When we think of Adam, we think of some distant Bible character who is long dead and gone. And while that may be true, he’s not too different from the rest of us. Here are some surprising (but obvious) ways in which we’re not too different from Adam.
1. Adam’s Lineage is Our Lineage
I like that when God inspired Moses to write Genesis, he had him say, “This is the book of the generations of Adam” (Gen. 5:1a, KJV). And I like it because sometimes we tire of reading lineages of strangers who are the children and ancestors of other strangers, but if we remember that we all come from Adam, and that this is OUR family tree, we might pay more attention.
So, who is in your lineage? Sure there’s Cain, but Genesis 5 is a bit more upbeat, showing that we’re also related to legends! I’m sure in school you’ve learned all about the father of modern medicine, the father of science, the father of the English dictionary, the father of the modern novel, and on and on it goes.
Many have gathered to themselves famous legacies, and others infamous legacies (Hitler, Stalin, Belial, Judas).
And yet as great as it is to have ambitions for ourselves (that aren’t related to murder, treason, or world domination), I think we tend to forget about the most important ambition of all: a godly legacy.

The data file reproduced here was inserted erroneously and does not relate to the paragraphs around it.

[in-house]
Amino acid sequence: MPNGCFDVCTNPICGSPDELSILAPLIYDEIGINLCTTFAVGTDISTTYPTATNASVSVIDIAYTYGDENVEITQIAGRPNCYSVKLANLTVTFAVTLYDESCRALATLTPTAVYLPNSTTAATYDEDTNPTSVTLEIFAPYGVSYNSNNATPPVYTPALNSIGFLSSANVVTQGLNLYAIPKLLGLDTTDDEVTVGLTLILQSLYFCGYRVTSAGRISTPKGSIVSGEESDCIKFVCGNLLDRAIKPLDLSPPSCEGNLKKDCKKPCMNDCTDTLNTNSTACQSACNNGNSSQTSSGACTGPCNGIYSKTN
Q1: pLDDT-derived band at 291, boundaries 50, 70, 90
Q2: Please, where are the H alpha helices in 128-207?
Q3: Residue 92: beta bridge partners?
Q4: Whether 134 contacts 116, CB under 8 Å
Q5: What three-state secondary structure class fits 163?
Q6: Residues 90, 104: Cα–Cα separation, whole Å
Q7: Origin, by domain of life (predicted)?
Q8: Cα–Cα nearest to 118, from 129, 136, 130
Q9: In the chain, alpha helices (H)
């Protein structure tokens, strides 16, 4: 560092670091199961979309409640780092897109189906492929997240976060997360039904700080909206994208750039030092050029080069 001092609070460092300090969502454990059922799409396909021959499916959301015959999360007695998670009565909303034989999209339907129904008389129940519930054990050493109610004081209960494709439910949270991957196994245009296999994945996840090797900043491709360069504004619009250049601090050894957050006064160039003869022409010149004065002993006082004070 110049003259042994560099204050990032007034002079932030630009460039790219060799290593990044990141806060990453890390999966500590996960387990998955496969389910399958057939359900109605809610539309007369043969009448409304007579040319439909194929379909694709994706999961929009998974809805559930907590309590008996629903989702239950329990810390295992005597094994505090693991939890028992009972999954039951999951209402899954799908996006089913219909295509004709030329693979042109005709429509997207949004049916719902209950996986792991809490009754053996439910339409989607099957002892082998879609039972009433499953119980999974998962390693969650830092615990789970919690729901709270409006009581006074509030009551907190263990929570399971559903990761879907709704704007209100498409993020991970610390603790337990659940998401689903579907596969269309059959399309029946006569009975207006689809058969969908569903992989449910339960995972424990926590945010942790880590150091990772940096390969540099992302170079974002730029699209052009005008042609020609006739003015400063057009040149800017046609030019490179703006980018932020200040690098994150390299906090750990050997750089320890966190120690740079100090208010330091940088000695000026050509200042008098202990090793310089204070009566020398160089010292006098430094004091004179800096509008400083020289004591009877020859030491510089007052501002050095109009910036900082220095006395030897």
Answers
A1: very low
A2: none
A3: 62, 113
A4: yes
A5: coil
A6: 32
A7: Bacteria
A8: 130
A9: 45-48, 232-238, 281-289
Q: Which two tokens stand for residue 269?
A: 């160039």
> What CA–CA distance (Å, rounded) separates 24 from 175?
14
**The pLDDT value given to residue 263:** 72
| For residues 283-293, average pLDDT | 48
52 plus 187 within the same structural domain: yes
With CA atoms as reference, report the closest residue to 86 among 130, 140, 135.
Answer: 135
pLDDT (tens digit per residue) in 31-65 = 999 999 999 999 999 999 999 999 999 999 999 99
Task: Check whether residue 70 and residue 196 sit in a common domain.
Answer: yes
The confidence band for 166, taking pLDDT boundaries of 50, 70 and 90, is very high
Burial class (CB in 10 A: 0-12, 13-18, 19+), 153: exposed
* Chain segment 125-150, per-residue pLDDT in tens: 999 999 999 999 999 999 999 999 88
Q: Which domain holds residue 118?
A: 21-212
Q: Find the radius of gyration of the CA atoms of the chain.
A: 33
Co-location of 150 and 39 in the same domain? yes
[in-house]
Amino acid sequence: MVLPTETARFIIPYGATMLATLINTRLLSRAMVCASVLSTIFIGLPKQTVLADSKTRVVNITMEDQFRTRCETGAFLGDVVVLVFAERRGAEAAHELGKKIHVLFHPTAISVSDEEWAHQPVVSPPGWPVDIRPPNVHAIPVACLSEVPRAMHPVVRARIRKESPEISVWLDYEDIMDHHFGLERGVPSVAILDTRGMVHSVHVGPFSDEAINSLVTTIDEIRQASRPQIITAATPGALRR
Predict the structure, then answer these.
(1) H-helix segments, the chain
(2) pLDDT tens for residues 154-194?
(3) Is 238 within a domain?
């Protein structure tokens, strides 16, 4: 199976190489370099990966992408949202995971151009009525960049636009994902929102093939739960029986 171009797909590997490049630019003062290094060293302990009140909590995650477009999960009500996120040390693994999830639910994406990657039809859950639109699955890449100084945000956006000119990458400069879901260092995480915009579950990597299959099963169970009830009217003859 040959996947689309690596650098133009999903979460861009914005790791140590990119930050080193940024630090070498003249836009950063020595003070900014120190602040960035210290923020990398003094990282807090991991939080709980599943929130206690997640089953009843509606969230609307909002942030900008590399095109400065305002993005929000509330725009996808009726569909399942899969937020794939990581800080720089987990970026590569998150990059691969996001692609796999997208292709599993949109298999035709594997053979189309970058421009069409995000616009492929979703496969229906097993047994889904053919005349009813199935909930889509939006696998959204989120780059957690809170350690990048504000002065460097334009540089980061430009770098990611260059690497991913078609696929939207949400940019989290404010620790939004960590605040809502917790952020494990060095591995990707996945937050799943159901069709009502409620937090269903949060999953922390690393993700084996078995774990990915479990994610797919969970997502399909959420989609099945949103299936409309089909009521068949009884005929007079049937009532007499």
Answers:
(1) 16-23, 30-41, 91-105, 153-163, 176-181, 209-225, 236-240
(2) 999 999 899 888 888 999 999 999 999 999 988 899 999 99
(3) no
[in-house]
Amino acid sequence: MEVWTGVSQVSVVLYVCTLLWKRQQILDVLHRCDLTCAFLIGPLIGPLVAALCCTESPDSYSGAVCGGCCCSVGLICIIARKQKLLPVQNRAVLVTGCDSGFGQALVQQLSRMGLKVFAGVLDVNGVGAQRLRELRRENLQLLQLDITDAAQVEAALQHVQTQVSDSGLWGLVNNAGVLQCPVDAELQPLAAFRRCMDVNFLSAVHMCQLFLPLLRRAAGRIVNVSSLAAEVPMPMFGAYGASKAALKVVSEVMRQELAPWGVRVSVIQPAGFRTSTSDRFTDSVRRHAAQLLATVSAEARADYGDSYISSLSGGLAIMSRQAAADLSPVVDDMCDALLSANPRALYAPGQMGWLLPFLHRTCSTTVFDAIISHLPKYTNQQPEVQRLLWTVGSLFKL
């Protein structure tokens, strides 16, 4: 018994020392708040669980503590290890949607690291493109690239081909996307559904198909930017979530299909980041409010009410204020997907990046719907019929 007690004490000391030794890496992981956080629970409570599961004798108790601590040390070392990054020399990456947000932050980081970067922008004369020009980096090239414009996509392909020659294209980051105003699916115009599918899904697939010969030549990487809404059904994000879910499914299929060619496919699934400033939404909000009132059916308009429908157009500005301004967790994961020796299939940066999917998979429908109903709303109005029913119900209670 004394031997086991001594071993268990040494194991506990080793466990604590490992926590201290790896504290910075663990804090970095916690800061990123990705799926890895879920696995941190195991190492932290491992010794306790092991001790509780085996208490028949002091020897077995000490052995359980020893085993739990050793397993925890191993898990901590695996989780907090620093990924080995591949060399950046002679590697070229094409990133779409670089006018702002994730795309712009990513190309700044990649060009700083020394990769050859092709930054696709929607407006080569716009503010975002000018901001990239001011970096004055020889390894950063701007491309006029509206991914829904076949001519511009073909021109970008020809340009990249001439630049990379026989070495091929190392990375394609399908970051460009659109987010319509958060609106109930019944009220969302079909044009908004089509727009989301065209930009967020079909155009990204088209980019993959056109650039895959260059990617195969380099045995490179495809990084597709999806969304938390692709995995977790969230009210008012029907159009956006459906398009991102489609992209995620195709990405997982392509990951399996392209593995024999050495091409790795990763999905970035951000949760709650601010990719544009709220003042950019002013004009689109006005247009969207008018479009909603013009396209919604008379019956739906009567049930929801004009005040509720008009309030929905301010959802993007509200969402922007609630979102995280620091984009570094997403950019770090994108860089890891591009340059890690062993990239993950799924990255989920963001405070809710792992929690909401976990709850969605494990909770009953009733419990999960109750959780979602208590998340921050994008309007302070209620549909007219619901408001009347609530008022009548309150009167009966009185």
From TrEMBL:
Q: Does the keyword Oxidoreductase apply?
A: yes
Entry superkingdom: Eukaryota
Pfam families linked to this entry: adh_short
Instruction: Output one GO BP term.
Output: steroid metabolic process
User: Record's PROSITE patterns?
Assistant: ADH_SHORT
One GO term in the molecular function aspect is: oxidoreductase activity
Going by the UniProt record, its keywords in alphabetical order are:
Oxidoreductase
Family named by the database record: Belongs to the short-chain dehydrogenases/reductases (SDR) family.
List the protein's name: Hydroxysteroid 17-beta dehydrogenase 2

Adam and Eve were the parents of all the living, which is interesting, but that could’ve been any two people. What intrigues me more is when the Bible mentions Enos as the father of those who called on the name Yaweh (Gen. 4:26), the holiest reference to the One True God. In fact, this name is so holy that the Hebrews purposefully didn’t put vowels into the word to ensure that no one accidentally said God’s name in vain.
Methuselah is interesting, too. He stands out for living a whopping 969 years (Gen. 5:27). Even for those living in a world where sin’s curse had just started taken a toll on people’s lifespans and environments, this was a long time. This was the longest anyone in the recorded history has ever lived.